The light fades a bit earlier each day and the mornings and evenings have gotten crisper — at least here in New England. It’s as if September 1 rolls around and Mother Nature decides it’s time; something must change.
I’ve never been a big fan of this transition. Maybe it’s because I really love the long-lighted days — June is my favorite month — or because as I age, I struggle to tolerate the cold. Either way, the change of seasons from summer to fall is a struggle for me.
I was sharing this sentiment with a good friend, who listened, gave me a half smile, and told me that I was just looking at it through the wrong lens. She relishes this season. I say it’s too early for pumpkin spice, and my friend has already decorated her home in shades of orange and red. I mourn the loss of ripe watermelon, and she’s stirring a fragrant pot of butternut squash soup. And, it’s not just the sights and scents of the season.
In her mind, this transition — more so than any other — offers us an opportunity to think about how we want to finish the year. In other words, we can use this transition time to get better and smarter … so that we improve our outcomes.
She’s right. I look at fall as a time to hunker down. She sees it as an opportunity to lean in. So, how do we do that? Well, rather than fall back, let’s look ahead. Here’s a quick checklist to help you (and me!) make the most of the next several weeks.
- Take stock of the year so far.
There are just about 100 days of 2022 left. That’s plenty of time to course correct or maintain your momentum. Make a list of all you’ve accomplished, and all you haven’t accomplished yet. Rather than wait until New Year’s Eve, make some resolutions now. And attach real, attainable goals to them. How can you end the year on a good — or even a great — note?
- Focus on your health and happiness.
In autumn, the natural world strips itself and clears away dead foliage in preparation for winter. But it also provides — in abundance — some of the most glorious foods. Take advantage of crisp apples, pears, figs, nuts, and other autumnal treats — especially those you can pick yourself. Of course, if what your body craves is ice cream, well, then this is the perfect season for that too; health and happiness are about balance.
- Nature is beckoning.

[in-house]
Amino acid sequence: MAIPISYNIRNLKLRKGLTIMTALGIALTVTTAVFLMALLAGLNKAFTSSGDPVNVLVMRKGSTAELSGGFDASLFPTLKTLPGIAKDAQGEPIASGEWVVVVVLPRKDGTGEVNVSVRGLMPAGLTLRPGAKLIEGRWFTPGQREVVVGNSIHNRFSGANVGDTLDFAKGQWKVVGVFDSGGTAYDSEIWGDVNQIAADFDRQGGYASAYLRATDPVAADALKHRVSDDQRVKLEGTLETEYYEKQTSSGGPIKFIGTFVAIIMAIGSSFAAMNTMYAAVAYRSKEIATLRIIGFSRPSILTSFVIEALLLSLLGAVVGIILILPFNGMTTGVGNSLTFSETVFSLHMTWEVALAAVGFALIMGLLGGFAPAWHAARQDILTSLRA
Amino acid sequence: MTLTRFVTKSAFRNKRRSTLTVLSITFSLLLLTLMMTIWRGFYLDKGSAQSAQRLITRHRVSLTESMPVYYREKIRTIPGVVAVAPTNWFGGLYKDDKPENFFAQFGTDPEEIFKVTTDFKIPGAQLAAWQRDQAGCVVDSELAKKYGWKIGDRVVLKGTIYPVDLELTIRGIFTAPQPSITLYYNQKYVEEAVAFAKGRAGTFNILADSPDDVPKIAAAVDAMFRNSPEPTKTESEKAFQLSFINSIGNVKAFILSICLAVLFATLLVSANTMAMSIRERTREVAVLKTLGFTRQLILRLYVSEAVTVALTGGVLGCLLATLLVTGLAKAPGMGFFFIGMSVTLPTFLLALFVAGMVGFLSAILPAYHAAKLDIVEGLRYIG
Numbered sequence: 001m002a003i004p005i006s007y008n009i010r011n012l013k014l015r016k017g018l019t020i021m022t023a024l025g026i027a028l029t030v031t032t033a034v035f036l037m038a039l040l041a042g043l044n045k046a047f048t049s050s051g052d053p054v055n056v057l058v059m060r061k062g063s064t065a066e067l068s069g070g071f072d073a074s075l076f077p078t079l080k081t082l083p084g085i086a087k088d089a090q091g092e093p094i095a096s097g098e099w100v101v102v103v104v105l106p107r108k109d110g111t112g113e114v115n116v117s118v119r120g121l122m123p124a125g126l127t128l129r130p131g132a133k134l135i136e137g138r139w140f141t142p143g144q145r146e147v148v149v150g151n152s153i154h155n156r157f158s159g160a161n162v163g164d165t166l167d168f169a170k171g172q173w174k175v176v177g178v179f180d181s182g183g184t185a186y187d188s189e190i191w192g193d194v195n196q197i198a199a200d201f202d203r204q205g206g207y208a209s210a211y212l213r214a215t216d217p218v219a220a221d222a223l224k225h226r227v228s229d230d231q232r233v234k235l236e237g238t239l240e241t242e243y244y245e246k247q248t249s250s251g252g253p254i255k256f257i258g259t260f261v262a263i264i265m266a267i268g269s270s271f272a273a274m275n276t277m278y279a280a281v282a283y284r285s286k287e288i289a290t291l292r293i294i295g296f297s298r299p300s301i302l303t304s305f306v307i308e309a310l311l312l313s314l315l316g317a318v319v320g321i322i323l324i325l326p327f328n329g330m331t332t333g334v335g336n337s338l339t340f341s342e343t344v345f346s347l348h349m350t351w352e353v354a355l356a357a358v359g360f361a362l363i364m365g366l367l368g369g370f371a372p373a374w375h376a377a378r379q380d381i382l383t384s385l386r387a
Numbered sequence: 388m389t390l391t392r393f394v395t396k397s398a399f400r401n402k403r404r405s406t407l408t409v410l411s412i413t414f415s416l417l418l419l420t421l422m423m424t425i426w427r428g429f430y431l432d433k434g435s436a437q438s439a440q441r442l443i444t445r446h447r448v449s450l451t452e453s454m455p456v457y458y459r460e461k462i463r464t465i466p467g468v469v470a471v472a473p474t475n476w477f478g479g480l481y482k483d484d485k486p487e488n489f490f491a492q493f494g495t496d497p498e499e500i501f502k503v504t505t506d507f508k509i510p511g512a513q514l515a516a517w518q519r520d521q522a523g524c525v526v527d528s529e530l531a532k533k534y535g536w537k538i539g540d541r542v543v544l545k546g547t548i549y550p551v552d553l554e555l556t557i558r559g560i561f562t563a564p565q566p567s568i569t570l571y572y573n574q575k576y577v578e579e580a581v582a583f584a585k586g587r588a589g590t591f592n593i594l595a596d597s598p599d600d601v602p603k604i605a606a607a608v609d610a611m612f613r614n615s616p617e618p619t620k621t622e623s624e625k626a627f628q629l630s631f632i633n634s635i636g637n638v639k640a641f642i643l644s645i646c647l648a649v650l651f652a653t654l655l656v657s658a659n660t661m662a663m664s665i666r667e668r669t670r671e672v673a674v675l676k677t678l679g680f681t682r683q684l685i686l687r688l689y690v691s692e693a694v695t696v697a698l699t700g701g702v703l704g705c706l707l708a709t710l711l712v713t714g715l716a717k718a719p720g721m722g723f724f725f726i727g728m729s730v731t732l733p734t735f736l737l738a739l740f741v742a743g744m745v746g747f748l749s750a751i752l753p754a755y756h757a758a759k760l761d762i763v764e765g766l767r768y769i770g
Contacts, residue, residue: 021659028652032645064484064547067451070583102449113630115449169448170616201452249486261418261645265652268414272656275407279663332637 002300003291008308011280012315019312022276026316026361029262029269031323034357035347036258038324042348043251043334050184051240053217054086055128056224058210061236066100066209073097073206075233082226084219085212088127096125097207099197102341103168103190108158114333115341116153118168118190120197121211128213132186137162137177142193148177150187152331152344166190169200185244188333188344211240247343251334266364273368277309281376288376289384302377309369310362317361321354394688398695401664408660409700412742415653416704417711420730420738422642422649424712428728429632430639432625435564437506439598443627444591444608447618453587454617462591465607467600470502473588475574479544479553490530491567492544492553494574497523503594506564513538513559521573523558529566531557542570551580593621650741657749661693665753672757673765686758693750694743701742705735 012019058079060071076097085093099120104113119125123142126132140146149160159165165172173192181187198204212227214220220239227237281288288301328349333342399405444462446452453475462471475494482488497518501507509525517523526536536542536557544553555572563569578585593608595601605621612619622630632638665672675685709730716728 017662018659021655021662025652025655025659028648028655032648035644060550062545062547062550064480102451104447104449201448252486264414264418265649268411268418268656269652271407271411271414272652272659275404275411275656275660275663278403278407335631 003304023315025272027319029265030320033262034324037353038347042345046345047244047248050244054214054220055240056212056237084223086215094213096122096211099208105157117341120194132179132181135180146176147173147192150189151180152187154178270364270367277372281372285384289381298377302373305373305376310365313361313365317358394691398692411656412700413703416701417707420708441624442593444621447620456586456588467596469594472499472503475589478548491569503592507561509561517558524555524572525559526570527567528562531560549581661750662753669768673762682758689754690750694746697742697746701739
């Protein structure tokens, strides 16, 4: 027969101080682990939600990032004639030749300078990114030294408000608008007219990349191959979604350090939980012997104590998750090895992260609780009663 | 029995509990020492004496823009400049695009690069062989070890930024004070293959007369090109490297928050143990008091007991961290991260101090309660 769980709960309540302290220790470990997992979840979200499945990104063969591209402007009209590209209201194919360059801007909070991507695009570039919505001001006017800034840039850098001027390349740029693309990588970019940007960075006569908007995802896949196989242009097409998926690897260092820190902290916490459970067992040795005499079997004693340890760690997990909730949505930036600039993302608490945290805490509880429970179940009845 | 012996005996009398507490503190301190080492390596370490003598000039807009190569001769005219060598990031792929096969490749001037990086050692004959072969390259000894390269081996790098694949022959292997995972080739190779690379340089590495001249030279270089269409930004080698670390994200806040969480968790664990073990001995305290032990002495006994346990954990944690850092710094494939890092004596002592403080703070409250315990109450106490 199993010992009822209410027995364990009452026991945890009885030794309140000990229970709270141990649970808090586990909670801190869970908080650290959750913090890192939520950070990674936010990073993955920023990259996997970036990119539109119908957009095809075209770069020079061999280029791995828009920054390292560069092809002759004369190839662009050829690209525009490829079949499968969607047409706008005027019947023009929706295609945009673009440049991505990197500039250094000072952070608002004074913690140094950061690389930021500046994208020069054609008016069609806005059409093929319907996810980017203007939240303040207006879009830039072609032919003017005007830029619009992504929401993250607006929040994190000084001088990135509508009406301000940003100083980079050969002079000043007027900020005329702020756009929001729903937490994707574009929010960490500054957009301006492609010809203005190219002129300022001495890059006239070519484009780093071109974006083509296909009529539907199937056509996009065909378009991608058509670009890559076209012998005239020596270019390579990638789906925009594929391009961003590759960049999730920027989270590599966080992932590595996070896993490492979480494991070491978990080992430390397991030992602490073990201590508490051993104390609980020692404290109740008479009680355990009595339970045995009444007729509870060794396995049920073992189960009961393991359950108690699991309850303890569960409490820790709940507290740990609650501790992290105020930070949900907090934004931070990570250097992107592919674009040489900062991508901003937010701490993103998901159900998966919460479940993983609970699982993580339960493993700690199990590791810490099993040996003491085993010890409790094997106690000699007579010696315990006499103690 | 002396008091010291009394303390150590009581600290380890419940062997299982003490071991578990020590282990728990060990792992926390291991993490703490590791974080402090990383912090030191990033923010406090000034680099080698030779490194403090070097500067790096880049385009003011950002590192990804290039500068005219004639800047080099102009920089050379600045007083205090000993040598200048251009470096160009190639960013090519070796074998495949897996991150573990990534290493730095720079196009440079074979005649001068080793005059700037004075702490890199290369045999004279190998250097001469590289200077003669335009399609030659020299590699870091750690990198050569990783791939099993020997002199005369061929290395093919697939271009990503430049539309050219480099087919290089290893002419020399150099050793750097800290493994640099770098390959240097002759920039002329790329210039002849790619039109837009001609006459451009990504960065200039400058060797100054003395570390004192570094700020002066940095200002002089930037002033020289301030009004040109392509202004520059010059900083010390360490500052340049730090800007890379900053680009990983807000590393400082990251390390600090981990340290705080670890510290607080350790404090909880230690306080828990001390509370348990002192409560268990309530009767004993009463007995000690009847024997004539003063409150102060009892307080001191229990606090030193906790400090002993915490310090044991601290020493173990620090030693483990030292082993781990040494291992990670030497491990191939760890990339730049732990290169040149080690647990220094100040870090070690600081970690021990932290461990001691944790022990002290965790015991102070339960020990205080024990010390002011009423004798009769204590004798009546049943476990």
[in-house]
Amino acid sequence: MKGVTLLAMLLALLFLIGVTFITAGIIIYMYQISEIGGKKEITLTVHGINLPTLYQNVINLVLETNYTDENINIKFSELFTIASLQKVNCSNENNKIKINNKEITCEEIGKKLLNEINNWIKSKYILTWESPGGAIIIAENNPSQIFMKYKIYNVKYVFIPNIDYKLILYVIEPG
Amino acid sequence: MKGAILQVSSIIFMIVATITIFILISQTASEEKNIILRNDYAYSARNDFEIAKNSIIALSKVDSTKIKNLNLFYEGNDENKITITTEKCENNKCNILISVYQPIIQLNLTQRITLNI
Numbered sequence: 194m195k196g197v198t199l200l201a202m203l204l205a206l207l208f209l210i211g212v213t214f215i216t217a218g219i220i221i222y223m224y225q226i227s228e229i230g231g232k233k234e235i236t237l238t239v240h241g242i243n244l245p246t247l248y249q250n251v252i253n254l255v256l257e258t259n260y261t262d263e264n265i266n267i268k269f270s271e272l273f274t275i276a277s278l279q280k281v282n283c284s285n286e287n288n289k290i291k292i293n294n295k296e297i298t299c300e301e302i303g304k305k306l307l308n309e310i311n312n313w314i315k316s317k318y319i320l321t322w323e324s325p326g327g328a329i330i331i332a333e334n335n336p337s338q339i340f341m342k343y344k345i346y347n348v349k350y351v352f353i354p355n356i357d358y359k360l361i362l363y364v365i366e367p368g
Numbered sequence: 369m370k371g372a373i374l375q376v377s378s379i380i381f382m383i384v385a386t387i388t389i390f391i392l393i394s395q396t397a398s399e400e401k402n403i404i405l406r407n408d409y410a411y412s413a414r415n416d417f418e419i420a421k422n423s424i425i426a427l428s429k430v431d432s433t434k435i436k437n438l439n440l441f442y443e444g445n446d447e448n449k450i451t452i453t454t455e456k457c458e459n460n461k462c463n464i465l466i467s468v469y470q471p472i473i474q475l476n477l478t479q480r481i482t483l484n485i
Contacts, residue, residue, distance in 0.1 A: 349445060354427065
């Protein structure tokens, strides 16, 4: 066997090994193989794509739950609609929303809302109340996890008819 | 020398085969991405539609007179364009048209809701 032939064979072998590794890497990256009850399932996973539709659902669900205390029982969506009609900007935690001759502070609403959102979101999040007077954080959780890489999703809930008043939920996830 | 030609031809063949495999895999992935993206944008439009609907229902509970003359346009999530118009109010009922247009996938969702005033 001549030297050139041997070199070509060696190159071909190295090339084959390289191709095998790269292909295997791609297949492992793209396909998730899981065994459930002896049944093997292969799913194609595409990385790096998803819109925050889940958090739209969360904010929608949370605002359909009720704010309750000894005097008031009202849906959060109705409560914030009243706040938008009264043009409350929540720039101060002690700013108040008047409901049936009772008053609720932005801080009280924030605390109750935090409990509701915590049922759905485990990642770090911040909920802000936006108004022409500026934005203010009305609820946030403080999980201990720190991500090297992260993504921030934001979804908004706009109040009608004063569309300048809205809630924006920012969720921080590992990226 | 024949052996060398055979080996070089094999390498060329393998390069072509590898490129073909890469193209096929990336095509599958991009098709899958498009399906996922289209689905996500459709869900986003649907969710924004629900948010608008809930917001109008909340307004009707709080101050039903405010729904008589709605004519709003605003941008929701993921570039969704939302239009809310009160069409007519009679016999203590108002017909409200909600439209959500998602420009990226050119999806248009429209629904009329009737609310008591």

Even if you think nothing beats a midsummer afternoon at the beach, autumn is one of the most beautiful seasons (especially here in New England). Block an hour in the afternoon (yes, during work hours!) to go explore the woods as leaves turn, fall, and crunch underfoot. If you’re lucky enough to live by the shore, grab a blanket and enjoy a near-deserted beach. Take a bike ride to a local farm stand and enjoy some apple cider or a donut. Get outside and embrace the air.
- Get back to learning.
For better or worse, from the age of five or so, most of us equate fall with “back to school.” We may have left our alma maters years ago, but that doesn’t mean we stop learning. Create your own schedule and fill your “semester” with skill-building courses or anything you’ve always wanted to try — photography, knitting, financial management — but haven’t found the time to. You can find lots of ideas on Percipio, including Aspire journeys like, Sustainability and Restoring our Earth.
- Make a difference.
With a New Year and thankful holidays on the horizon (Rosh Hashanah, Diwali, Thanksgiving), this is the ideal time to count your blessings and do what you can for others. The coming winter months can be particularly hard on those in need. So, volunteer at a food bank; clean out your closets and donate hats, scarves, and mittens to a local shelter; or offer your time and expertise to your community. You’ll find that helping others is one of the best ways to beat any seasonal doldrums.
Of course, everyone is different. Some of us are morning people; some don’t get up until noon. Some yearn for sunshine; and others can’t wait to hit the slopes. I may daydream about next summer, but that doesn’t mean I can’t enjoy autumn and all it has to offer.
Including pumpkin spice.